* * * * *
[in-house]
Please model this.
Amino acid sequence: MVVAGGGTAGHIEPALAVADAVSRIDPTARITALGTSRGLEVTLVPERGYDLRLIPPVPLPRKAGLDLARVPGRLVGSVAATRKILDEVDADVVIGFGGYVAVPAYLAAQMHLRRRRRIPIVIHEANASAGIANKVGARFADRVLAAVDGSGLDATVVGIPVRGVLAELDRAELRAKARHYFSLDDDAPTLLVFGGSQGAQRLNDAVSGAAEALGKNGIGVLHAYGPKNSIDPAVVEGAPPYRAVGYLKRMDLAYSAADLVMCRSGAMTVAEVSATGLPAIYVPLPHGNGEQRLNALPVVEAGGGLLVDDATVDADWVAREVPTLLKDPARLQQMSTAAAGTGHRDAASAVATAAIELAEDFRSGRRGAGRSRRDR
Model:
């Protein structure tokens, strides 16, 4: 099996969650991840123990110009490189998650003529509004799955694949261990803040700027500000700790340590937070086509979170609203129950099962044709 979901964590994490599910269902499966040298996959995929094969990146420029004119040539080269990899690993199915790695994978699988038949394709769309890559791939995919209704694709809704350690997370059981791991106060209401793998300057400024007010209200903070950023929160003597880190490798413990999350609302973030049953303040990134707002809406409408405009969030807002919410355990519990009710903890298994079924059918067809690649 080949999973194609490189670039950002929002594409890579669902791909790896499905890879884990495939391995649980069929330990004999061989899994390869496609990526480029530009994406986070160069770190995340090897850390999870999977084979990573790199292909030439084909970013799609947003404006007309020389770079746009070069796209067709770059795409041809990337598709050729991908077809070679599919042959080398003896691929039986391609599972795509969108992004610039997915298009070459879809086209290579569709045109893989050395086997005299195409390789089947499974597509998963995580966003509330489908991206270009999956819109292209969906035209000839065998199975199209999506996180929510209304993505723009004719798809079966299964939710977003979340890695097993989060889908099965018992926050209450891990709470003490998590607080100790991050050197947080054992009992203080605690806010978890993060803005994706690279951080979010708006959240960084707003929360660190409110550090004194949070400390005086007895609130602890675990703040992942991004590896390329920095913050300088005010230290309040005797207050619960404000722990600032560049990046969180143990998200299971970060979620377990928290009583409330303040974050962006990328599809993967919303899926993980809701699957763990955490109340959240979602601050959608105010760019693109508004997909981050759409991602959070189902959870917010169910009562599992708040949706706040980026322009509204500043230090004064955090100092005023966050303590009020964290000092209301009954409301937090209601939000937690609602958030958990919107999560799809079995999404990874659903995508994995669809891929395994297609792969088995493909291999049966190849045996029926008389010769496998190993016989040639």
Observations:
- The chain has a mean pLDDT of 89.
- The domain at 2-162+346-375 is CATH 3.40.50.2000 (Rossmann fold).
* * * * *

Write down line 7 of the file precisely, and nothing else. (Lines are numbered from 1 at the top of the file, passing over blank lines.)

- The chain has a mean pLDDT of 89.